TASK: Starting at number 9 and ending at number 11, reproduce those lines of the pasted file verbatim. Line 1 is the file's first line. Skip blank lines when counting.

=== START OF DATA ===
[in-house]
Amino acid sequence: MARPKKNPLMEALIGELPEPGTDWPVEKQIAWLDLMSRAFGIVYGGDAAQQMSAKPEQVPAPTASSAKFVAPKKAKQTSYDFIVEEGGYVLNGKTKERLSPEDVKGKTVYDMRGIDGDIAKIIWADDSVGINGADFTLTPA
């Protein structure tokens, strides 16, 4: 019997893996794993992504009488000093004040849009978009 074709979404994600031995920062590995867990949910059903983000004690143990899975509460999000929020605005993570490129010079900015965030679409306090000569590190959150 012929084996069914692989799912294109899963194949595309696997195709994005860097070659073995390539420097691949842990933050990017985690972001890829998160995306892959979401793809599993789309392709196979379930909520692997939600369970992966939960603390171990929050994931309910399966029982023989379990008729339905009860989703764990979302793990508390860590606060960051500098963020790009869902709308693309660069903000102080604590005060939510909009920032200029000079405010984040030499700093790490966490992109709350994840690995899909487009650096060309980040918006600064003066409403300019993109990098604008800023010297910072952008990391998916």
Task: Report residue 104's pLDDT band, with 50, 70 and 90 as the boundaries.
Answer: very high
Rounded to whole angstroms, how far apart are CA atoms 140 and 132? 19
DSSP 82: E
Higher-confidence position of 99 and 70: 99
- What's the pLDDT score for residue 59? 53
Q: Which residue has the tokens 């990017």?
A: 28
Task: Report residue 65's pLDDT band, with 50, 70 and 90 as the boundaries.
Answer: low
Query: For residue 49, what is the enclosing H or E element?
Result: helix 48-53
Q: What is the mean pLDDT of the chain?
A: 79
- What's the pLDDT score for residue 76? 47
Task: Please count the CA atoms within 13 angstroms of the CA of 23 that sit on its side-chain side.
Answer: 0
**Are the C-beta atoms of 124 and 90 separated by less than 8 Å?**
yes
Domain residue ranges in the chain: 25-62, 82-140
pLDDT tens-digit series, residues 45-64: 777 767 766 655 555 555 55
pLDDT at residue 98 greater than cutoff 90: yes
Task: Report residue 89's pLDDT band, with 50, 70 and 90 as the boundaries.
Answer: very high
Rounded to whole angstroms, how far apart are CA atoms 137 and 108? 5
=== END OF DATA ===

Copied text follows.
- What's the pLDDT score for residue 59? 53
Q: Which residue has the tokens 């990017």?
A: 28